The media are focused on Sierra Leone this weekend, as the Ebola-embattled nation has set up a three-day lockdown to help control the disease.
Aid will be coming from the United Kingdom, which once ruled the West African nation. But the country also played a painful role in U.S. history, dating back to the dark days of slavery. Thousands from that part of Africa were captured, enslaved and sent to the sprawling rice plantations of Georgia and South Carolina.
Sierra Leone was first charted by Portuguese explorers in the 15th century. In 1462, Pedro de Sintra gave the country its name — which means “Lion Mountain” in Portuguese — after the lion-shaped mountains above what was to become the harbor in Freetown, now the country’s capital. By the mid-1700s, this whole stretch of West Africa had become known as the Rice Coast because of the quantities of rice cultivated in steamy lowland paddies.
That drew the interest of American slave owners. They, too, were growing rice, but it’s tricky to cultivate. And the agricultural workers of Sierra Leone were skilled at planting, growing and harvesting the crop. Consequently a slave from Sierra Leone commanded a premium in the markets of Charleston and Savannah.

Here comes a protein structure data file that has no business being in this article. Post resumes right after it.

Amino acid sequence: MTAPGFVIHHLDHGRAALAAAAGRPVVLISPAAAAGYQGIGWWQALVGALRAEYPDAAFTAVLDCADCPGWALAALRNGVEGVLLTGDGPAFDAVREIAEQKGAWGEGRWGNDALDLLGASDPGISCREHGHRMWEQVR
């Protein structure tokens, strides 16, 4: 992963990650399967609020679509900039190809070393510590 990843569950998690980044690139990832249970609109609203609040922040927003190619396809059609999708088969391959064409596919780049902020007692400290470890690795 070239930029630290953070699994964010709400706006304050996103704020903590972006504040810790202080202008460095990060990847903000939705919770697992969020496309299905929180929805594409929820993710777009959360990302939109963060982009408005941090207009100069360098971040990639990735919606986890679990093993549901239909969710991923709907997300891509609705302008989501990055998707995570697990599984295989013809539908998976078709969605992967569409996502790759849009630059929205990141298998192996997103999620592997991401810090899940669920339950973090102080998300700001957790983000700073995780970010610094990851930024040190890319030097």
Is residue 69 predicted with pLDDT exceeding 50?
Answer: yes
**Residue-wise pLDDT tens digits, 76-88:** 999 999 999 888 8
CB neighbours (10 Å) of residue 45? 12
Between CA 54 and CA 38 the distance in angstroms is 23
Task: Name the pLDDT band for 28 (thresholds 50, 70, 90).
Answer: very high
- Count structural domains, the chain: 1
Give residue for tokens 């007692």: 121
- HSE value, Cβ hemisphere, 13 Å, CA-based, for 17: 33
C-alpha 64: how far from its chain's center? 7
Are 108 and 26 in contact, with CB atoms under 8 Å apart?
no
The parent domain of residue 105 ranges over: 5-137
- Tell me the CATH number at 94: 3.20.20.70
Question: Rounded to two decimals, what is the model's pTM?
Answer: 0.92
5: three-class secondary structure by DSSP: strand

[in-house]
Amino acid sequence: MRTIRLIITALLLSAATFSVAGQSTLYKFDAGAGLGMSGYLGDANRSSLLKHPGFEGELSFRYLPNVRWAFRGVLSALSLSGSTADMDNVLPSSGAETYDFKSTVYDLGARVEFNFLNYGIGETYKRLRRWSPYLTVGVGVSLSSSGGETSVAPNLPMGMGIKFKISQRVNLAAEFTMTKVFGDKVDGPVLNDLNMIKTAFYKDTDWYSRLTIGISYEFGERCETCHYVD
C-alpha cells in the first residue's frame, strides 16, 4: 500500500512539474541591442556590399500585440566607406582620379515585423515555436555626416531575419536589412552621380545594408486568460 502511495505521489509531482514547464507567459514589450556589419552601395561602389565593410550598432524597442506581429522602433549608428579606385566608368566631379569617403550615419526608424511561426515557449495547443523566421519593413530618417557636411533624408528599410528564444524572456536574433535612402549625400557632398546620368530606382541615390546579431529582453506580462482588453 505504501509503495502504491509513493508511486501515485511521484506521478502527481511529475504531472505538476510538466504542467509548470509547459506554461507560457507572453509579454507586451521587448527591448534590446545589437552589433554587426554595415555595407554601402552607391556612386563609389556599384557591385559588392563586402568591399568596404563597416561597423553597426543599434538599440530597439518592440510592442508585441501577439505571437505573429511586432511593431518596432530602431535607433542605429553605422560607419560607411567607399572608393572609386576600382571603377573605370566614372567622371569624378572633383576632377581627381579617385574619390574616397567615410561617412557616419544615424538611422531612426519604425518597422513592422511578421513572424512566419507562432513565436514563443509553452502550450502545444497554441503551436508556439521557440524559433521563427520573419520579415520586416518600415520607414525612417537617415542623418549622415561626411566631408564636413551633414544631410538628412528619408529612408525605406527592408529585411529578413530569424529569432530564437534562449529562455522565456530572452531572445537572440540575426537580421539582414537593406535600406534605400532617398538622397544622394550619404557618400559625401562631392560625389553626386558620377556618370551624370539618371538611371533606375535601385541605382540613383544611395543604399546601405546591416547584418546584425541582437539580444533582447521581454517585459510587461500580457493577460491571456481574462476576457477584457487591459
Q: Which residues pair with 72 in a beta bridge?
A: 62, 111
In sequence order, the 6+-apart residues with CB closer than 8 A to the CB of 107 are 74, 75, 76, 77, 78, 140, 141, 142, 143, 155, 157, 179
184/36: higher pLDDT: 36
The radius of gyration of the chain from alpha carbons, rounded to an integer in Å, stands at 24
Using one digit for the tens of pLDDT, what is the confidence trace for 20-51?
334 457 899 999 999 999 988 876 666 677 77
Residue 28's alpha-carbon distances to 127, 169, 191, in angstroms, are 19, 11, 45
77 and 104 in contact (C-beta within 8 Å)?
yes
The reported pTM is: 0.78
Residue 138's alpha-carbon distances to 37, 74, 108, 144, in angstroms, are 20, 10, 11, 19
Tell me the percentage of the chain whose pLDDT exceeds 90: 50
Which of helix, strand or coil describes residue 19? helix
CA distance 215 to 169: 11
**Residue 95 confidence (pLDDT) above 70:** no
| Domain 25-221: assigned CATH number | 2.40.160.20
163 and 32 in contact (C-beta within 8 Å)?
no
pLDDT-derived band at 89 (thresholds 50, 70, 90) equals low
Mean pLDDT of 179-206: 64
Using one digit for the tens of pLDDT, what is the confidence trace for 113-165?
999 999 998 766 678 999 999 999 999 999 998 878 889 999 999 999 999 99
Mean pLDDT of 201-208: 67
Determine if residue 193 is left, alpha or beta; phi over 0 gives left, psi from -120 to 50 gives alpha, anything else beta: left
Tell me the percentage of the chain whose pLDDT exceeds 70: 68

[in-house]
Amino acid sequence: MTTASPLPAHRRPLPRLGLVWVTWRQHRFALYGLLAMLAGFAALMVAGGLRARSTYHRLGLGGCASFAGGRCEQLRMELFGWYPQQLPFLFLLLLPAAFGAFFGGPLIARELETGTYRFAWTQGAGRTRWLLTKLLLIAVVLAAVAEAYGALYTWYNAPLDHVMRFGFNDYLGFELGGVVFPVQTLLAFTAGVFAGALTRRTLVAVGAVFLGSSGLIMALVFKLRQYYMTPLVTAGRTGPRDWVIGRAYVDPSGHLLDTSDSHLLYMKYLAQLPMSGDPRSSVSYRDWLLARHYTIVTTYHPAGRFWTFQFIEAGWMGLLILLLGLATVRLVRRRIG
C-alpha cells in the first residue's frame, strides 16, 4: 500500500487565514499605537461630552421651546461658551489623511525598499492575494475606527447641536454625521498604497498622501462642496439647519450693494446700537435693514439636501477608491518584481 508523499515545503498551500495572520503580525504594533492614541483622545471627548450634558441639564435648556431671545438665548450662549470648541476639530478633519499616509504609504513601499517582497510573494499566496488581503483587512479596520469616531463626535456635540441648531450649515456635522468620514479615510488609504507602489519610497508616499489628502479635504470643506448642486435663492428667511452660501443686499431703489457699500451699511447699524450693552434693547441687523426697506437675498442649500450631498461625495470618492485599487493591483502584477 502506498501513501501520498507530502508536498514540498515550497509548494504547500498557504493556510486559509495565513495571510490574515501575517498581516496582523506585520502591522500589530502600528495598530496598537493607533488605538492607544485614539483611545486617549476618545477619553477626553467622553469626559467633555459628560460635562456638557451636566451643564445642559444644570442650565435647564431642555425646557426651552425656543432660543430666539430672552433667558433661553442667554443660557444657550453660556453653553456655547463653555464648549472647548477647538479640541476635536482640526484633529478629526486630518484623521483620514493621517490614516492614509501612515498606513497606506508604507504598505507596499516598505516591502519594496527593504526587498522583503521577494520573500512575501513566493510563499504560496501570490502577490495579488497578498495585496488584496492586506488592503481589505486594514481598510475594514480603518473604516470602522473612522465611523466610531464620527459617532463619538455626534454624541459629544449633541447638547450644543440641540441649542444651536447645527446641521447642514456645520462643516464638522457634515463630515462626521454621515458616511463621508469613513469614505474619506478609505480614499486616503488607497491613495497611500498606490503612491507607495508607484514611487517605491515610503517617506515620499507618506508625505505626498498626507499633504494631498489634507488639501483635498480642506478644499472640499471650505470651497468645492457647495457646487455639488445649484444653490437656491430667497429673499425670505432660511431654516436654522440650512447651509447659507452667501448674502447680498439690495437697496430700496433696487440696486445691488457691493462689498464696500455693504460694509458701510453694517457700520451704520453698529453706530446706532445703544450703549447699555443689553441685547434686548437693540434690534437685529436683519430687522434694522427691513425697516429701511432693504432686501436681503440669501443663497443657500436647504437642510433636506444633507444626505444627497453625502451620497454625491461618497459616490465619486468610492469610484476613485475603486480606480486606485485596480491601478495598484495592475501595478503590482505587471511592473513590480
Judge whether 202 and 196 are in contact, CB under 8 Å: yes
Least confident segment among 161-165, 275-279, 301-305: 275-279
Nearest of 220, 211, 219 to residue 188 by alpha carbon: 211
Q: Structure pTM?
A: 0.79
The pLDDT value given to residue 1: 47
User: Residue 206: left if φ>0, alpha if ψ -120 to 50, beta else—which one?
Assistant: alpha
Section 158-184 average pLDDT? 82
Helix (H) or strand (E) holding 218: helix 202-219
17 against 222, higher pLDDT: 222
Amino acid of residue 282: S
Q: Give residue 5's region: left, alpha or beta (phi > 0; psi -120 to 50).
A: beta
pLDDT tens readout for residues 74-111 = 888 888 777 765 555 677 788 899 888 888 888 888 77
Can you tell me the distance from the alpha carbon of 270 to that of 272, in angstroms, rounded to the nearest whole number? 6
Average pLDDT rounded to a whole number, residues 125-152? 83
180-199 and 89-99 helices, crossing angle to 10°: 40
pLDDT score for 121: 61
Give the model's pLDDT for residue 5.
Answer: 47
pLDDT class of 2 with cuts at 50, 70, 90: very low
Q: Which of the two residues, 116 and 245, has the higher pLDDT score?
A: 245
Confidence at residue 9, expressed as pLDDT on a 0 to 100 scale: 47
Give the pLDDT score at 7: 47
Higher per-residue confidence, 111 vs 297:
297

A fortress at Bunce Island, 20 miles from Freetown, quickly became the site of one of West Africa’s major slave trading operations.
Bunce Island continued to be a major slave exporting center until 1807, when Britain abolished the slave trade. Sierra Leone itself remained a British colony until April 27, 1961, when it gained independence. The United States formally recognized it as a sovereign nation that same day and has maintained diplomatic relations ever since.
As for the slave trading fortress on Bunce Island, it long ago fell into disrepair. In 1989, the U.S. National Park Service announced a preservation plan for the fortress, but those efforts fell through when Sierra Leone erupted in a brutal civil war. By 2008, the World Monuments Fund listed the rapidly crumbling ruins, along with other Freetown monuments, among the world’s top endangered historic sites. Since then, Sierra Leone has proposed Bunce Island for consideration as a UNESCO World Heritage Site.
The site still has deep evocative power. Gen. Colin Powell visited Bunce Island while serving as chairman of the Joint Chiefs of Staff in 1992. That afternoon, he spoke at a departure ceremony at the Freetown airport: “I am an American. I am the son of Jamaicans who emigrated from the island to the United States. But today, I am something more. I am an African, too. I feel my roots, here in this continent.”